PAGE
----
There’s only so many ways in which you can talk about AI in film and video before you have to settle on the obvious conclusion: if any of us want to have any sort of career in this industry going forward, we’re going have to get used to using AI.

And that inevitable future just became quite a bit more realized with Google’s new AI video generator finally being revealed. Dubbed ‘Lumiere’ (in a not-so-subtle nod to the fathers of moving pictures themselves, the Lumière brothers), this new AI video generator looks to be one of the most advanced text-to-video models yet.

Let’s take a look at Google’s generative AI play and explore how it works, what the results look like so far, and — sadly — how we could expect the industry to shift with this new player now officially on the scene.

Google Lumiere AI Video Generator

Now, we’ll get more into what it means that Google is the company behind this AI video generator in a second, but for now, let’s take a quick look at Lumiere itself (including the demo video linked below). Lumiere is a text-to-video model that can generate full scenes with just a simple text input.

Off the bat, it looks quite similar to other text-to-video models which we’ve seen (and covered) like Runway, Pika, and Midjourney, but Google promises that its version will be able to eventually surpass its competition.

For now though, the demo showcases mostly clips of animals being generated from prompts, as well as the AI video generator using real photos as source material. However, the most impressive elements of this new AI at launch will probably be its strong animation and stylization controls.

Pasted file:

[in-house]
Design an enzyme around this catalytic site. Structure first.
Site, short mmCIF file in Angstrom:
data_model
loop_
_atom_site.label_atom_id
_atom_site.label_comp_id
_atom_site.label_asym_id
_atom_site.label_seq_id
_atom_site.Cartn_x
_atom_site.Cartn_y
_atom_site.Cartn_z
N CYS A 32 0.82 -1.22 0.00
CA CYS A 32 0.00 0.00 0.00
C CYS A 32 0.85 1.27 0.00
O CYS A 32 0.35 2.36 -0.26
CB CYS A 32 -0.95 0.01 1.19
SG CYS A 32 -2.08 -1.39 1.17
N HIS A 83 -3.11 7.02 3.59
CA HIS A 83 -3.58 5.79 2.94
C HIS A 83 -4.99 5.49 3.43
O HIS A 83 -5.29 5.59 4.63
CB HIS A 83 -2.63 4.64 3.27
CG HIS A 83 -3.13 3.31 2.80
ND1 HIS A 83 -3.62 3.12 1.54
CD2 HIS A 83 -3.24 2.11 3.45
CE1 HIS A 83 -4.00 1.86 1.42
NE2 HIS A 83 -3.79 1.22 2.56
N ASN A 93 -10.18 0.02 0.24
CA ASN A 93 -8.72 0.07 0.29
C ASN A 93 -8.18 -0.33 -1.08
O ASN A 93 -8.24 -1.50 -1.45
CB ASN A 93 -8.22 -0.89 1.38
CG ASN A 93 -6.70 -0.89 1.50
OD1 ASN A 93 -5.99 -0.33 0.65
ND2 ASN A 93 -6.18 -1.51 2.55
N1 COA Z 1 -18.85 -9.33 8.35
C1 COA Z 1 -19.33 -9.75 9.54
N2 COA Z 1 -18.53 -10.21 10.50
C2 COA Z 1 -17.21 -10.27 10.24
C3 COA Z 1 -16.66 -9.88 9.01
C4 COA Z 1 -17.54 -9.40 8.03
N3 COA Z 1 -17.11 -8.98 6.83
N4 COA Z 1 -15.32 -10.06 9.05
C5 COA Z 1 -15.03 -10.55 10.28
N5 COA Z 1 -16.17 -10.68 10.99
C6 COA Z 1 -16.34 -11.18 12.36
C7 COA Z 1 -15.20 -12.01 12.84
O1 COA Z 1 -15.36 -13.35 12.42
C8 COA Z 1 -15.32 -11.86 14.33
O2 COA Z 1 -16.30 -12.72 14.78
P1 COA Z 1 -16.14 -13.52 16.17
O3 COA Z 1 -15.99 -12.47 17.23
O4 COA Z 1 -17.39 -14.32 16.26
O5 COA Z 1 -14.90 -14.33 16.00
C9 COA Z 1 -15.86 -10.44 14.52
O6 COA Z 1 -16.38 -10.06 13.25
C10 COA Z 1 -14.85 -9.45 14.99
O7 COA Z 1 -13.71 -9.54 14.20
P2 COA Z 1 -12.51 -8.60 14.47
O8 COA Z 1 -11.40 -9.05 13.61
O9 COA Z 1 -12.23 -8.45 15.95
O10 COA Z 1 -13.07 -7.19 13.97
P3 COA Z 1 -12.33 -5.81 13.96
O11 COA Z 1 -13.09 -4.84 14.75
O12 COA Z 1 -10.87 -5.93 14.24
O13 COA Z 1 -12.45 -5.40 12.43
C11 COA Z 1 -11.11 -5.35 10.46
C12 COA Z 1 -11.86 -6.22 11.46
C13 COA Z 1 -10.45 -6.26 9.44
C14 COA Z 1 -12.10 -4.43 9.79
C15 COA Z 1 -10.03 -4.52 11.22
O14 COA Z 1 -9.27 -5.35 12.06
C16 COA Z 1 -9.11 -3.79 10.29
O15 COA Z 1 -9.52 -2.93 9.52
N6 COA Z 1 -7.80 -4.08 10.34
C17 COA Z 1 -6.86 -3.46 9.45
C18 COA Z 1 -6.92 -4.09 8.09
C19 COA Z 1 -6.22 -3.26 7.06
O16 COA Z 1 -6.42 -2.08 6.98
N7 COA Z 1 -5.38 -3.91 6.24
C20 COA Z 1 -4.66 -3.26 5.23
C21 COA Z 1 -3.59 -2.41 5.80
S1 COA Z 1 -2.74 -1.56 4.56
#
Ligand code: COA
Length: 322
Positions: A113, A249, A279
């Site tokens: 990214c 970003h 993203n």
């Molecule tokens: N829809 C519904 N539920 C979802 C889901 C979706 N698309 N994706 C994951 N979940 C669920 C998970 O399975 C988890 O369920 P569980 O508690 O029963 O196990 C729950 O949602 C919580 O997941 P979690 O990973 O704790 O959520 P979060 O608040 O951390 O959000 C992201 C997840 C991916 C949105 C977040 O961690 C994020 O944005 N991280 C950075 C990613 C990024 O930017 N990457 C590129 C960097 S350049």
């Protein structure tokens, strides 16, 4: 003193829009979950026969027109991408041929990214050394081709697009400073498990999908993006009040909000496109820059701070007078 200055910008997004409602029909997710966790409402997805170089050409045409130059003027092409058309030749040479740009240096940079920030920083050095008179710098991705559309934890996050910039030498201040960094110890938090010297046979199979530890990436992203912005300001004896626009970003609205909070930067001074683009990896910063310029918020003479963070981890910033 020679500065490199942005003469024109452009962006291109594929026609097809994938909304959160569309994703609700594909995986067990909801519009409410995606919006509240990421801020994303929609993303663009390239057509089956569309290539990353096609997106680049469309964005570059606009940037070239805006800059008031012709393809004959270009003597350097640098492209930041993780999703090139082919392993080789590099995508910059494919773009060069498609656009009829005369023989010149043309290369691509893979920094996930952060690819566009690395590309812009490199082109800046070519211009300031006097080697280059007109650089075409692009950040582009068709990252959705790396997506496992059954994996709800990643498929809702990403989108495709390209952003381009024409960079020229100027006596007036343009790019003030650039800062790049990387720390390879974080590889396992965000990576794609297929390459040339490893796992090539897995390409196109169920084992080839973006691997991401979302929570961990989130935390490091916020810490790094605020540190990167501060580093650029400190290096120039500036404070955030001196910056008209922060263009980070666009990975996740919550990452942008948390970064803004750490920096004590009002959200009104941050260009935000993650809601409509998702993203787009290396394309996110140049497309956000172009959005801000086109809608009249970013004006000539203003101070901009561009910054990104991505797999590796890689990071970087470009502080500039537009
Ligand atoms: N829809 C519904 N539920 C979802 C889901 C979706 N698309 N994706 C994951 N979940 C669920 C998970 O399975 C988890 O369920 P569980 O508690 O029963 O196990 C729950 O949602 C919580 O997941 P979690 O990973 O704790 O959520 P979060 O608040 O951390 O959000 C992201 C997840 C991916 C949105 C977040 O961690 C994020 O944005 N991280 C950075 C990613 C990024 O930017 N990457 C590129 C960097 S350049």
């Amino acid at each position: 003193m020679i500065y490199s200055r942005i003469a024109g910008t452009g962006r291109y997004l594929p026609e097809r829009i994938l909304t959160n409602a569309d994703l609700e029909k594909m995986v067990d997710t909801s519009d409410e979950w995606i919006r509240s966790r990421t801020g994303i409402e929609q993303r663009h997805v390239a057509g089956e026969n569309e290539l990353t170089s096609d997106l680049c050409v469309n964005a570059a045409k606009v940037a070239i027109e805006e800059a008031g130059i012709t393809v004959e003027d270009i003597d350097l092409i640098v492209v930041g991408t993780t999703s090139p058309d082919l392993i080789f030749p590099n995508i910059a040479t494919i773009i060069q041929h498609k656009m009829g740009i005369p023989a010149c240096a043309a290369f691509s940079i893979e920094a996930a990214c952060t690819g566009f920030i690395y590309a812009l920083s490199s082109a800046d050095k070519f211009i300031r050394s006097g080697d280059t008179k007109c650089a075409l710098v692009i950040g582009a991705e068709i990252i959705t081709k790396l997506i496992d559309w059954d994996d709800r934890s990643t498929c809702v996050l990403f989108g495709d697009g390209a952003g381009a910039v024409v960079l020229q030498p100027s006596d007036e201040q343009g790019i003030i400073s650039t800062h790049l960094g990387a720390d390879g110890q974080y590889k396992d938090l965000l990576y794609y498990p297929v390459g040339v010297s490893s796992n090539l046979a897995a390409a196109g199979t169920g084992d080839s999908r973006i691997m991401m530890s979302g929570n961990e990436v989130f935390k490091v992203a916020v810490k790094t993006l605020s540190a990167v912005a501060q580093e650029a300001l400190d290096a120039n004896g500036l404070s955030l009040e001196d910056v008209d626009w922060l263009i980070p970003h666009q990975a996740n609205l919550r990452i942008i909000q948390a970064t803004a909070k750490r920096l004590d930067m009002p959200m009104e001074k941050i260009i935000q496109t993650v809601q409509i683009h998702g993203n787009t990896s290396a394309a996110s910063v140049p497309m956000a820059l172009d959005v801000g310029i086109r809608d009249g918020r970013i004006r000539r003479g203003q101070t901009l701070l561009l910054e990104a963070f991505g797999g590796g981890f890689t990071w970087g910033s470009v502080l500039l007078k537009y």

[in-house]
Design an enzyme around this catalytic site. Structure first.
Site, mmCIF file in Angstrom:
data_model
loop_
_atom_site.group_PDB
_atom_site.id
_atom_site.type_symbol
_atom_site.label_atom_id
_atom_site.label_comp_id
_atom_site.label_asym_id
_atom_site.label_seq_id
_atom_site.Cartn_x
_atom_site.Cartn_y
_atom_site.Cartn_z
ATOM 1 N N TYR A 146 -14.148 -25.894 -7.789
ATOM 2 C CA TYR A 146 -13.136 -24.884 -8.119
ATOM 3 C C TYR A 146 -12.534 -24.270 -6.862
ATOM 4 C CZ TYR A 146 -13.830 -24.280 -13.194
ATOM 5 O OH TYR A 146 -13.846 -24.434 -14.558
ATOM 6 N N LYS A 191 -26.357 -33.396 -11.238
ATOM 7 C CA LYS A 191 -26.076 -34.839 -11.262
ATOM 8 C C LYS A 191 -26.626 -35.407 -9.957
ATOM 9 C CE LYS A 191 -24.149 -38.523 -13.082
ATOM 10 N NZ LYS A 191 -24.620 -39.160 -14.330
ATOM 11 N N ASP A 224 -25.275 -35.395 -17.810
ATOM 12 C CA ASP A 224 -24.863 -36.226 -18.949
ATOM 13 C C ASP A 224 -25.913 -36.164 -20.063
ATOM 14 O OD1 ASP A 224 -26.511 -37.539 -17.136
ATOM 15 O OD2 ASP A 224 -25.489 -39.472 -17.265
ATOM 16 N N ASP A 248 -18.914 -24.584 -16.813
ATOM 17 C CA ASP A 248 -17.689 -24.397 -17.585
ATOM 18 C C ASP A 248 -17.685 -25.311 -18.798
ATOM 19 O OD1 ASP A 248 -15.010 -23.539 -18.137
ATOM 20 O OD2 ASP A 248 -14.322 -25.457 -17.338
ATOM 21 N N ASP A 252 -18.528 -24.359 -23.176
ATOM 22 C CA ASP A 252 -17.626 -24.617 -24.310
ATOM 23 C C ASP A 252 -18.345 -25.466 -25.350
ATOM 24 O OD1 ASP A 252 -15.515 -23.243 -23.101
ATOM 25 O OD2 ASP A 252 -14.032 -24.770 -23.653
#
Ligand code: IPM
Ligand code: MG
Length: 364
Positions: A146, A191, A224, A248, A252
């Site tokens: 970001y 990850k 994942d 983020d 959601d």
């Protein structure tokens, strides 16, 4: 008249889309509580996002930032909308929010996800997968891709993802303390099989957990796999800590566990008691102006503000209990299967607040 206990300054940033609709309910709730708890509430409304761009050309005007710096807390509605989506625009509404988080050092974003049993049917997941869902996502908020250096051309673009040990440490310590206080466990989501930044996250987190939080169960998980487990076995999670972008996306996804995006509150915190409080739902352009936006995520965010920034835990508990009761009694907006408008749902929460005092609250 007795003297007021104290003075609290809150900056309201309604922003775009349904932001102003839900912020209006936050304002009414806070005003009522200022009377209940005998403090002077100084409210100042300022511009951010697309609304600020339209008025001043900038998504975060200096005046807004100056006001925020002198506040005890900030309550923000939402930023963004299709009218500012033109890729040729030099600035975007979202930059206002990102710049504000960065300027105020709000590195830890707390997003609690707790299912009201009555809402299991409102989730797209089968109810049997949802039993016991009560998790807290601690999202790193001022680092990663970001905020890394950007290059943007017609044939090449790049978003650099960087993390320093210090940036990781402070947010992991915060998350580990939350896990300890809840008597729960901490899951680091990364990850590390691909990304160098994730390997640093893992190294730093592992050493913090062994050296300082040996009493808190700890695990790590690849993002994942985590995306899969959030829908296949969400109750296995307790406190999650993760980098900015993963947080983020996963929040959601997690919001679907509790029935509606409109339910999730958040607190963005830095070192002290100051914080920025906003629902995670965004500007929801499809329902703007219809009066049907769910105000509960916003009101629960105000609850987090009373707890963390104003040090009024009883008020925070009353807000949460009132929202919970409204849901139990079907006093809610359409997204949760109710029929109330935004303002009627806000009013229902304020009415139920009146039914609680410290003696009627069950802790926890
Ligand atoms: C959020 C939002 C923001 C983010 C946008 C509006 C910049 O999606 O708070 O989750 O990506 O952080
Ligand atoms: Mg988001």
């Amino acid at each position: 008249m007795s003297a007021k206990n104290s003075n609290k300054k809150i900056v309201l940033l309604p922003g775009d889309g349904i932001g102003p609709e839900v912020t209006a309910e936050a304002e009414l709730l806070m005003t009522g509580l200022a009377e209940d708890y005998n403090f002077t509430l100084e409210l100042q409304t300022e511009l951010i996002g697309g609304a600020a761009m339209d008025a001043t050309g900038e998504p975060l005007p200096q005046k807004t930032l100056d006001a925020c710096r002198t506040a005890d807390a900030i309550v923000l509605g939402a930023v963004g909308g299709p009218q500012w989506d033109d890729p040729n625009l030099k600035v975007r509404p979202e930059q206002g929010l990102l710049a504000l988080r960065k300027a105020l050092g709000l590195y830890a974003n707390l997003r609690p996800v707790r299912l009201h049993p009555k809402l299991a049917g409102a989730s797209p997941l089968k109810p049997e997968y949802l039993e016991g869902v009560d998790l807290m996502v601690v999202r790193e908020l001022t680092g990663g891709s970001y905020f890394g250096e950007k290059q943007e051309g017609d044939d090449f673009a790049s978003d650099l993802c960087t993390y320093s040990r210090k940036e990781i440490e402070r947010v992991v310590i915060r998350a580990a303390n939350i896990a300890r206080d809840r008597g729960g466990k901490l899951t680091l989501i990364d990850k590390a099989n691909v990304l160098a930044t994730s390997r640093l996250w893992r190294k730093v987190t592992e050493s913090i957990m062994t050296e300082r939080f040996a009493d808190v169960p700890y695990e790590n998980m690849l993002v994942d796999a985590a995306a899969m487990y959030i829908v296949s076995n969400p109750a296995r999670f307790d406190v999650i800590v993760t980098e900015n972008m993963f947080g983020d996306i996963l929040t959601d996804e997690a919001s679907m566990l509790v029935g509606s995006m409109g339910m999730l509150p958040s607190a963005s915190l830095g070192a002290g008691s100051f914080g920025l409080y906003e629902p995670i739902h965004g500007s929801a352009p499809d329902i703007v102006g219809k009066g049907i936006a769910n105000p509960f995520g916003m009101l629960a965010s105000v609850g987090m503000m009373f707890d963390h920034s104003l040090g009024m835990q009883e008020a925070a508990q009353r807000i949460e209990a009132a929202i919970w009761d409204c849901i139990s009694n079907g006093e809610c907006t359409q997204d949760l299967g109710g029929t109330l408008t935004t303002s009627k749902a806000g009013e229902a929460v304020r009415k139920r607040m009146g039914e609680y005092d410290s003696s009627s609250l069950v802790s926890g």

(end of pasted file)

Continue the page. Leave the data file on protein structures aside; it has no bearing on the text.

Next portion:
Video Stylization and Cinemagraphs

One fun-looking feature for sure in Lumiere is a “Video Stylization” setting that looks to allow users the ability to upload a source video, then prompt the generative AI model to provide various element changes to it. We’ve seen some different versions in the past, but for concept artists to graphic designers, this could be huge for creating content that’s on-brand and in the style of an overall project.

There’s also a new feature called “Cinemagraphs” that allows users to animate just one section of a video or image. (This is similar to the Motion Brush feature which we’ve seen introduced to Runway as well.) There’s also a “Video Inpainting” feature that allows users to mask certain parts to generate without changing the rest of the video (again, similar to Adobe’s Generative Fill feature as well).

Now, while the most revolutionary aspects of this new generative AI model might not be the overall results just yet, there is reason to be concerned that this AI video generator might be a more serious player than it at first appears. This is in part due to the AI model itself.

\u200bGoogle's Space-Time U-Net architecture

Google's Space-Time U-Net architecture

A New Space-Time Diffusion Model

Dubbed by Google as a “space-time diffusion model” that is powered by “Space-Time U-Net architecture that generates the entire temporal duration of the video at once, through a single pass in the model,” it sounds like this is an entirely new way for generative AI to work.

There’s not a lot of info out yet about exactly what’s going on behind the scenes as Google understandably will look to keep it as secretive as possible, but it does promise to be a much faster-learning and quicker-to-grow model out there — and the future leading force in this arena.

All that being said, it’s increasingly looking like new generative AI models are going to give creators (and producers) the tools they need to generate prompt-based video that will start being used for all types of commercial projects.